The Peters disease must be airborne
Over at Poster Child, Bren examines the geographical spread of the 2002 party vote in an interesting way. Looking at the minor parties, he lists the top 10 electorates by party vote for each party, with the bottom 10 electorates for each party.
NZ First support appears to be focused around the top of the North Island. In fact, most of these electorates are right next to each other - the Peters disease must be airborne! From Northland to the North, to Taranaki-King Country and Rotorua in the south, an iron passes over an Italian suit, and people fall for it. Thankfully, Auckland city appears to have greater immunity (yay to the Migrants!).
I have often wondered why Winston Peters' supporters are so geographically bound. As Peters gained nearly 15% of the party vote in the Maori seats in 2002, does the northern north island concentration represent his Maori constituency in the general seats, as these areas have reasonable Maori populations as a percentage? But given his vote, there must be more to it than this. Any thoughts?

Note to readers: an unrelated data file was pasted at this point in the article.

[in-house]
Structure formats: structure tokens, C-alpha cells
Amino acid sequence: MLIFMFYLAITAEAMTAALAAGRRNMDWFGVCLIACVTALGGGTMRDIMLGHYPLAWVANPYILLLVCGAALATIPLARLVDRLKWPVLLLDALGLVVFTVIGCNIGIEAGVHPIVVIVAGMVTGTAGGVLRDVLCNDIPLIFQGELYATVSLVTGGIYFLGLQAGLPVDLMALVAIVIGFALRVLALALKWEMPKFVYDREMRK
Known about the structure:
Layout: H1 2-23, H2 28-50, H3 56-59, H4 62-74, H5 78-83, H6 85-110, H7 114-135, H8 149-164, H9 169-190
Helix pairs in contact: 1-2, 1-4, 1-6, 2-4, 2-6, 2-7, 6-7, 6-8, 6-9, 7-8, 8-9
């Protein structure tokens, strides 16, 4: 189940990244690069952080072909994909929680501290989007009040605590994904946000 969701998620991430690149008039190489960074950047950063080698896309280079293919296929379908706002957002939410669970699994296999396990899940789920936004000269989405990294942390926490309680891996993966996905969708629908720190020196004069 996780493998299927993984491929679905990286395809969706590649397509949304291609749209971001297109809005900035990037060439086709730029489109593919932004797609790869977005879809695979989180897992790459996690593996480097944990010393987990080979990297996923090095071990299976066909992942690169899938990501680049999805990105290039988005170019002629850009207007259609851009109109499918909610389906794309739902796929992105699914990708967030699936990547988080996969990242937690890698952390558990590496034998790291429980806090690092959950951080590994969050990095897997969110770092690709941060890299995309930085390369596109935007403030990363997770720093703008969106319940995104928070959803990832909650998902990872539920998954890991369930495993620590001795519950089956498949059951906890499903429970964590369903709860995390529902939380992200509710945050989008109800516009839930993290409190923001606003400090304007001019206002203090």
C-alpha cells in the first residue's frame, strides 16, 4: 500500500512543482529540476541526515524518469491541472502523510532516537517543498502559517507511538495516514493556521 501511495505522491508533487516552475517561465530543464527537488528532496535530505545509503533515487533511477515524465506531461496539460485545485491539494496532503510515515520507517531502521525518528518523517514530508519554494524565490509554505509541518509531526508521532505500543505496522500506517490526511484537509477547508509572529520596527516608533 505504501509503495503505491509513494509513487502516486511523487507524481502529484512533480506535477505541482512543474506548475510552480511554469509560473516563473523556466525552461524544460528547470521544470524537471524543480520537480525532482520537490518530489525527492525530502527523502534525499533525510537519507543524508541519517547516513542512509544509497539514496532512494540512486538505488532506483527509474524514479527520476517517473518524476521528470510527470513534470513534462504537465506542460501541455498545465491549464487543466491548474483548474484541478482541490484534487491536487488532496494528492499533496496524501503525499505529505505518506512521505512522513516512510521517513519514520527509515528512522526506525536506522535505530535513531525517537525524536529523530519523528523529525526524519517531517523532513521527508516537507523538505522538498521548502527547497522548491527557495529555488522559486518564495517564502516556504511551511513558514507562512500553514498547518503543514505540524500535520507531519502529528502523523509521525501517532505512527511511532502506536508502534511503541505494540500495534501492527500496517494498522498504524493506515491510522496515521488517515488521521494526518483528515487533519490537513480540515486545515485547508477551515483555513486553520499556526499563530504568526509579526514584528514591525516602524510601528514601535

While much as been said of the threat of the Maori party to Labour and the Greens, no one appears to have pointed out that NZ First's vote could be drained by the Maori party, especially given his stance on the seabed and foreshore issue. Given his policies I have always found it strange why Peters attracts support from Maori - it seems more than a little insulting to claim it can be explained in terms of just 'face' value.
And as for NZF's worst seats - the educated liberal electorates absolutely loathe and detest Peters. With good reason, Mr Powell.
I hope Winston looses Tauranga, I really do. The less our MMP electoral system is distorted by egotistical upstarts in single electorates the better. Lets lower the threshold from 5%, but do away with the silly rule that allows those who win one electorate to bring their cronies in with them*. Lets encourage parties to base themselves on clear policy and principles - this is what party votes are meant to be about after all.
* Germany requires parties to win at least 3 electorate seats (or 5%) to gain list seats.